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" A superior intelligence has guided the development of man in a definite direction and for a special purpose, just as man guides the development of many animal and vegetable forms... "
Contributions to the Theory of Natural Selection: A Series of Essays - Page 359
by Alfred Russel Wallace - 1871 - 384 lehte
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Impressions of Great Naturalists: Reminiscences of Darwin, Huxley, Balfour ...

Henry Fairfield Osborn - 1924 - 214 lehte
...sensitive skin, his speech, his color sense, his mathematical, musical and moral attributes. He concluded: The inference I would draw from this class of phenomena...the development of many animal and vegetable forms. It is also prophetic of his later indictments of the so-called civilization of our times that we find...
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The Atlantic Monthly, 34. köide

1874
...calls influx from the spiritual world. My present views on that subject are given in a recent work: — 7 2(ؤ e vv ͛y ( H R &Û ޖ 3 2 ;," { o f , C ب7 @ U Q ая man guides the development of many animal and vegetable forms." lie does not regard the human...
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Sexual Selection And the Descent of Man: The Darwinian Pivot

Bernard Grant Campbell - 2017 - 378 lehte
...adhered to Darwinian concepts of general evolution but made a unique exception for man, concluding that "a superior intelligence has guided the development...a definite direction, and for a special purpose." That idea has not become a mere historical curiosity. Its essence has been retained in various external...
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The Post-Darwinian Controversies: A Study of the Protestant Struggle to Come ...

James R. Moore - 1981 - 514 lehte
...law' had therefore determined the course of human evolution. 'A superior intelligence', he inferred, 'has guided the development of man in a definite direction,...purpose, just as man guides the development of many vegetable and animal forms'. The 'intervention of some distinct individual intelligence' has aided...
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The Other World: Spiritualism and Psychical Research in England, 1850-1914

Janet Oppenheim - 1988 - 503 lehte
...brain. On the contrary, the only inference which Wallace could draw from the evidence he produced was "that a superior intelligence has guided the development...of man in a definite direction, and for a special purpose."149 In the last section of the 1870 essay, Wallace attempted to explain the evolution of consciousness,...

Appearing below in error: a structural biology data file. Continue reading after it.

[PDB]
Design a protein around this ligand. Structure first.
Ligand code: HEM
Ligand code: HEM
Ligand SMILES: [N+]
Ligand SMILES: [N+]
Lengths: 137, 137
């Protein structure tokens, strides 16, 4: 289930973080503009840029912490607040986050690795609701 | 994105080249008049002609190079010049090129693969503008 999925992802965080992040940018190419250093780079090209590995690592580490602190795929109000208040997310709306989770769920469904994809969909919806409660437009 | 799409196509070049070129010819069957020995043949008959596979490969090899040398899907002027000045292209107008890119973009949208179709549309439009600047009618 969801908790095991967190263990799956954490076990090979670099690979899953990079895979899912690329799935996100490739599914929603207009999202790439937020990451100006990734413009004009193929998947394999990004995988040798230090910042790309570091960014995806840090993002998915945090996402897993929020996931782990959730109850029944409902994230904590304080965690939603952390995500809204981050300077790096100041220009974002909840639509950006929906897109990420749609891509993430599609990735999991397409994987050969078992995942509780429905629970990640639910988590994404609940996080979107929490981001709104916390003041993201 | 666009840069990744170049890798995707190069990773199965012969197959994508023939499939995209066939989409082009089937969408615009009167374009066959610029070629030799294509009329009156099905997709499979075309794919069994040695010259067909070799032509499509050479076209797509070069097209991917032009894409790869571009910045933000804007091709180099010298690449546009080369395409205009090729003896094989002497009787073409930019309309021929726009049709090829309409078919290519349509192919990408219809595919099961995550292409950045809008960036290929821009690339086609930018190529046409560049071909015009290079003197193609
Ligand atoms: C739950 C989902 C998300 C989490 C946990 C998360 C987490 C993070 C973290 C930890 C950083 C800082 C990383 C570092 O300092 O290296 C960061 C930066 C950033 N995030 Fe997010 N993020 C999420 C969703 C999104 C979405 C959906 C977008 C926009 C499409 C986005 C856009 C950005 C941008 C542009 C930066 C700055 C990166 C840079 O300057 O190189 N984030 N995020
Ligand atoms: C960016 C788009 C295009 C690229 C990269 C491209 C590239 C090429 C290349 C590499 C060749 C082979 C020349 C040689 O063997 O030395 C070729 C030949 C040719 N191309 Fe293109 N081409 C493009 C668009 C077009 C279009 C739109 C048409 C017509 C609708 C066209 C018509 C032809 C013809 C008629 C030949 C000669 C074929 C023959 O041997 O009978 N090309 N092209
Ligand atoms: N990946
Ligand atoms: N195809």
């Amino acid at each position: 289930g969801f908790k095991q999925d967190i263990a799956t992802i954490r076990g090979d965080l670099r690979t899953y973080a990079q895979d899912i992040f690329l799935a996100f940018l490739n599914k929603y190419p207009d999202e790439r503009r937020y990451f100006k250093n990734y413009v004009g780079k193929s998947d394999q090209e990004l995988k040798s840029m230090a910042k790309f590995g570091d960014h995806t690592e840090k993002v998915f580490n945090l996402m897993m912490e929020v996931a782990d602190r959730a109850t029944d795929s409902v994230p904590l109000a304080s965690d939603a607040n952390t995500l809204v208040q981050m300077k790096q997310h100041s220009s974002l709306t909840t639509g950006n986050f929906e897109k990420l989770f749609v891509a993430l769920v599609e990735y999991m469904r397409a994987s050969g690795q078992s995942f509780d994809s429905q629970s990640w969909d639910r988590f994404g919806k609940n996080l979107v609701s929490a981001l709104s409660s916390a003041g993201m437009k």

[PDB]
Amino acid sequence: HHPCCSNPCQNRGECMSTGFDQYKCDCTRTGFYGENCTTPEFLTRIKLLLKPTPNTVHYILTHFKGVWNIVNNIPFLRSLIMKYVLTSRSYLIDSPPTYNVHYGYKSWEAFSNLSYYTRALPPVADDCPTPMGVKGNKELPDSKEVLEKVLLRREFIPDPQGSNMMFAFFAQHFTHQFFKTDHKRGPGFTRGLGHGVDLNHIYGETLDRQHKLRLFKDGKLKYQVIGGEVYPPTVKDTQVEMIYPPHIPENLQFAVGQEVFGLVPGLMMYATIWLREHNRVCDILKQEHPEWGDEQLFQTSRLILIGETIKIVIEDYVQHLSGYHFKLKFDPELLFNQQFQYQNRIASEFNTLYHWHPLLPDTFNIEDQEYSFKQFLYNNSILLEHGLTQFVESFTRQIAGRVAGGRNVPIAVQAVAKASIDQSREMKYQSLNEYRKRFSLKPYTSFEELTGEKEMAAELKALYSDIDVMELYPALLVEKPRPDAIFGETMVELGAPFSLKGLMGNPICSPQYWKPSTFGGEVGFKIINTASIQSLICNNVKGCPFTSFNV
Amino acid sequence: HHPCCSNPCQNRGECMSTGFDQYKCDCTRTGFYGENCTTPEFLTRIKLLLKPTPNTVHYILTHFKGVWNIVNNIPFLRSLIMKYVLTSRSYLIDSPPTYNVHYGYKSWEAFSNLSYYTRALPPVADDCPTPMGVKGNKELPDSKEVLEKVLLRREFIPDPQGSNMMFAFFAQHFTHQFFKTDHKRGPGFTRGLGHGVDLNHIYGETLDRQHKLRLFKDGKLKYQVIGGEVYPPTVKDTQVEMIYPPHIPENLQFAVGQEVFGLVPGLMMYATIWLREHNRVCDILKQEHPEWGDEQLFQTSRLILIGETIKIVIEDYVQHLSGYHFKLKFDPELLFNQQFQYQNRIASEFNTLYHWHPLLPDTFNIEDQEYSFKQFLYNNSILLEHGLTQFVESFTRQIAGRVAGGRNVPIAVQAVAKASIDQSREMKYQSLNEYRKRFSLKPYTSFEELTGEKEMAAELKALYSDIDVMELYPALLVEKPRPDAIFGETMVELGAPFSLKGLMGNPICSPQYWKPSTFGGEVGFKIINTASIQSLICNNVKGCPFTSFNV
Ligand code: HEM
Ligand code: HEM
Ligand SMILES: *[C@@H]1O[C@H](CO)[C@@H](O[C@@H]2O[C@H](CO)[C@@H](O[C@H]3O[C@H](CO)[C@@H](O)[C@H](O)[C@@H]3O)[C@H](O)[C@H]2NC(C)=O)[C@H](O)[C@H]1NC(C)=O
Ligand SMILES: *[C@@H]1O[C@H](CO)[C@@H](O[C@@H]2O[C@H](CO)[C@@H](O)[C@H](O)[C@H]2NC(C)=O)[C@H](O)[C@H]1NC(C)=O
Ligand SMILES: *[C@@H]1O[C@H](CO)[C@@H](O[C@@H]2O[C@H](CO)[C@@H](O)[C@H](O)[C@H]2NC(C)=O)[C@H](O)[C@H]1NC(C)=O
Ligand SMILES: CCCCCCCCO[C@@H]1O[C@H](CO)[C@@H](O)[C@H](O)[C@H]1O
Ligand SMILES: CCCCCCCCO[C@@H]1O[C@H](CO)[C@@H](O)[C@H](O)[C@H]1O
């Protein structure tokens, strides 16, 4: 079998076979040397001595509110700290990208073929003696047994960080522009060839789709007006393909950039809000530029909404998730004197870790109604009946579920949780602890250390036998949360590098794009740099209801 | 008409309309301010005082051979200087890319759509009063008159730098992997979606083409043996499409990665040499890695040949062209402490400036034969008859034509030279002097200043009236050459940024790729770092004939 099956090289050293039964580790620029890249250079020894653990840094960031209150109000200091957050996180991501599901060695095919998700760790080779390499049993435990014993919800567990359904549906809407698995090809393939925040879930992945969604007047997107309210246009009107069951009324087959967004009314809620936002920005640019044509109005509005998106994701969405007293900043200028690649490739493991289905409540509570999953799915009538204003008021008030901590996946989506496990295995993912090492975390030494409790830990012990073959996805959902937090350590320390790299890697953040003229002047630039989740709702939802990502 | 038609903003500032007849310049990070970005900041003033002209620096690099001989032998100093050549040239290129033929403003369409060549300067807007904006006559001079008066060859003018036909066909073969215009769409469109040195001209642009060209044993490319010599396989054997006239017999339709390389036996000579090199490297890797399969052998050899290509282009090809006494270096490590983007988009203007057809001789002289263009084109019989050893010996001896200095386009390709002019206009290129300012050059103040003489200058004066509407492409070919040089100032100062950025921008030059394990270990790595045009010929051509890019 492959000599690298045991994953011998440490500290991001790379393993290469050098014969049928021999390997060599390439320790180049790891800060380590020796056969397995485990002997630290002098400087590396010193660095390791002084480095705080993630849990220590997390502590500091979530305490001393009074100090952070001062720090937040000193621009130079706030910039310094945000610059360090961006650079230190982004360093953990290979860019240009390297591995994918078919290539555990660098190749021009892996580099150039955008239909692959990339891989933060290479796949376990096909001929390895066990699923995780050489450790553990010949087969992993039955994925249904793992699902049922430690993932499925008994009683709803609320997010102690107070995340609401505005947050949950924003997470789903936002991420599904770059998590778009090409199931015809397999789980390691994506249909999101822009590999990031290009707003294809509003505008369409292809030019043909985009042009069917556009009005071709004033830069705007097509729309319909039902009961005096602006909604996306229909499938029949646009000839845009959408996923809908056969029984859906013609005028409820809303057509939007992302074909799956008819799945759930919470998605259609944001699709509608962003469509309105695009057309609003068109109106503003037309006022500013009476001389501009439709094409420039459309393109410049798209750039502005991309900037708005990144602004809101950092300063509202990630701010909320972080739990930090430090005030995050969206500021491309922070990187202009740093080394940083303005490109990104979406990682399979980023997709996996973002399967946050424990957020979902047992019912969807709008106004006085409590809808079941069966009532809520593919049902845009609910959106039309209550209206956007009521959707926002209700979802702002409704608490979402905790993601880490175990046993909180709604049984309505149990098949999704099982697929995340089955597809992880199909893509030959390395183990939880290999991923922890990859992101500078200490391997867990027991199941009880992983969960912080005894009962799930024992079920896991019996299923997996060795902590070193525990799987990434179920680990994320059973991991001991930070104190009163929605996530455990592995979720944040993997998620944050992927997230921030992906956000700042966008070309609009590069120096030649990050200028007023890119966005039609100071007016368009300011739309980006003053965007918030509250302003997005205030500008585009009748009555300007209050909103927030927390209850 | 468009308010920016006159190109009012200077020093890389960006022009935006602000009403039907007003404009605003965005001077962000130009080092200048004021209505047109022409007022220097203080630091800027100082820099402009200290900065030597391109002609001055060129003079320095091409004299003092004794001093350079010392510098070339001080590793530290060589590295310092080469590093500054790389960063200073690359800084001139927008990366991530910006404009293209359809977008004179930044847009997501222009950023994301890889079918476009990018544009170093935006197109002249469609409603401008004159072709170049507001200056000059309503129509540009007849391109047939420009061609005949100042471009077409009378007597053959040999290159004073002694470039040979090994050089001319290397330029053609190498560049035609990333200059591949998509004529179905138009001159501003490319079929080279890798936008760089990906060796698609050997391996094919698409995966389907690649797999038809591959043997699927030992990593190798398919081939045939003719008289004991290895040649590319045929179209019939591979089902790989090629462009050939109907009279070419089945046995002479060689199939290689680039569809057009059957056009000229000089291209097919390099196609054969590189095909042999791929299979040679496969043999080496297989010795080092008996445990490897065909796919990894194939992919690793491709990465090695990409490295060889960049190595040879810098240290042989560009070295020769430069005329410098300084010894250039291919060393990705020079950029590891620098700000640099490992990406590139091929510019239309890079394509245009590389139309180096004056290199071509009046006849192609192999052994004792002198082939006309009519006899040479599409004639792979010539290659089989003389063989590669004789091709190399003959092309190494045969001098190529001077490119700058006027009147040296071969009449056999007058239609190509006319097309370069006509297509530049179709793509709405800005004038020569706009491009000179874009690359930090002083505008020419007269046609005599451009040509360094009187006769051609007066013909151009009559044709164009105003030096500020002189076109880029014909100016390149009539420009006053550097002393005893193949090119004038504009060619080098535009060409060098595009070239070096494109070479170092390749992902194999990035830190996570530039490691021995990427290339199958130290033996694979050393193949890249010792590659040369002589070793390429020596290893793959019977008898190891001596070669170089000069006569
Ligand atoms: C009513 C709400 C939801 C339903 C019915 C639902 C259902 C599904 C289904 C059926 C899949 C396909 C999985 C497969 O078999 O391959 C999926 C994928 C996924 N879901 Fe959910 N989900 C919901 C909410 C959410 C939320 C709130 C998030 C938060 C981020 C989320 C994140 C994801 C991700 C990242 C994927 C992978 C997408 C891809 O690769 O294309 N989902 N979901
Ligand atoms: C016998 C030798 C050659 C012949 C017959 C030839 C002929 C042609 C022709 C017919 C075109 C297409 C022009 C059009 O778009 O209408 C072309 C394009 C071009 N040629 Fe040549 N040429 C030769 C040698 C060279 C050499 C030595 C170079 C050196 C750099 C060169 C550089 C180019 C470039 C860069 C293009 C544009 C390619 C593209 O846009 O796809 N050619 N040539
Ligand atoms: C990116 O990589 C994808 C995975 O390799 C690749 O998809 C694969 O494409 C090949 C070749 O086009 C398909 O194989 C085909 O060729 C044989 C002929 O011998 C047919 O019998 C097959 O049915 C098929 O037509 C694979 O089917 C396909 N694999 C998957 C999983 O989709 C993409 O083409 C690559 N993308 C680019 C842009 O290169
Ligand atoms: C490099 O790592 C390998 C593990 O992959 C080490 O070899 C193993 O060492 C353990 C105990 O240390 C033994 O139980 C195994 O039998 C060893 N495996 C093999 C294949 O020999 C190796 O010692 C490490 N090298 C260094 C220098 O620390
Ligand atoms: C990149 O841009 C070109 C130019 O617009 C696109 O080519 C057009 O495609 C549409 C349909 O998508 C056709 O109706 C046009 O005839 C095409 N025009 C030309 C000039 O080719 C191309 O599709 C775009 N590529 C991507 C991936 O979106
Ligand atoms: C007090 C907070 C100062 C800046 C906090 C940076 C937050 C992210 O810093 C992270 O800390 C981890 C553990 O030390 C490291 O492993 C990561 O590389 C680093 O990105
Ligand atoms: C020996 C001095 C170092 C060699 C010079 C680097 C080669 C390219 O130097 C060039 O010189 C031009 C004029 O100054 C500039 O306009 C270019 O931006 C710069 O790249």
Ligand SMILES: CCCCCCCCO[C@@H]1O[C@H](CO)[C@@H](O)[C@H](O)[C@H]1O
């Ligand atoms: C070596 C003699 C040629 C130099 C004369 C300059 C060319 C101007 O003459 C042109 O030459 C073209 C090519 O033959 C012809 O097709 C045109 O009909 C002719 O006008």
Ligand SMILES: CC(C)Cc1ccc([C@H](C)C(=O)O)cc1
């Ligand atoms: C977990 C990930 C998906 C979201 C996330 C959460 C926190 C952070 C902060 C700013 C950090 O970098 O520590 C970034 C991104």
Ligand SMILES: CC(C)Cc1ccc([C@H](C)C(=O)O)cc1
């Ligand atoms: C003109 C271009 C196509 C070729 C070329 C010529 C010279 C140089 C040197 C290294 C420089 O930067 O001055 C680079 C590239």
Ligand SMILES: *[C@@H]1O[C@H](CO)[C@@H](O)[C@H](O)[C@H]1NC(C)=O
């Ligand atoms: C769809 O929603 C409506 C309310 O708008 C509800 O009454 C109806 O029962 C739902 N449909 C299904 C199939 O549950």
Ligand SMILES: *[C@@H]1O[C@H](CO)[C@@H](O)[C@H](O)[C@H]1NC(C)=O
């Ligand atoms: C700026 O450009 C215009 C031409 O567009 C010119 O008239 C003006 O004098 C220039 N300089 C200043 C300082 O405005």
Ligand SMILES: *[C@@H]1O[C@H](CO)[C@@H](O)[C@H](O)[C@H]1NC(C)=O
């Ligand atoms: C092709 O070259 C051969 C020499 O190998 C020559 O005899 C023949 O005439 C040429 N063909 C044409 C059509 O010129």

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Back to Darwin: The Scientific Case for Deistic Evolution

Michael Anthony Corey - 1994 - 434 lehte
...surrounding the evolution of intelligence and the human voice that he based his entire world view on it: The inference I would draw from this class of phenomena...of man in a definite direction, and for a special purpose.58 We mustn't forget that Wallace is also credited with discovering the theory of natural selection...
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Bones of Contention: Controversies in the Search for Human Origins

Roger Lewin - 1997 - 366 lehte
...selection, our singing voice, our "unnecessarily perfect" hands and feet, and of course our moral sense. "The inference I would draw from this class of phenomena...of man in a definite direction, and for a special purpose,"23 Wallace concluded in 1871, the year in which Darwin published his major statement on human...
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The Temptations of Evolutionary Ethics

Paul Lawrence Farber - 1994 - 224 lehte
...Wallace this moral sentiment was not accountable in Darwinian or Spencerian terms. Instead, he wrote, "The inference I would draw from this class of phenomena...the development of many animal and vegetable forms." 43 38. Wallace, "The Limits of Natural Selection," Natural Selection, 193. 39. Ibid., 191. 40. Ibid.,...
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The Darwinian Revolution: Science Red in Tooth and Claw

Lucyle T Werkmeister Professor of Philosophy and Director of the Program in the History and Philosophy of Science Michael Ruse, Robert J. Richards, Michael Ruse - 1999 - 346 lehte
...the savage state"), man's hairlessness, man's feet, hands, and voice, and so on — Wallace inferred that "a superior intelligence has guided the development...guides the development of many animal and vegetable forms."4 A second factor probably helped change Wallace's original views on man, a factor stemming...
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Masks: Blackness, Race, and the Imagination

Adam Lively - 2000 - 295 lehte
...Wallace goes further and argues that modern humans were never really enmeshed in mundane evolution, that 'a superior intelligence has guided the development...a definite direction, and for a special purpose', and that 'if we are not no the highest intelligences in the universe, some higher intelligence may...
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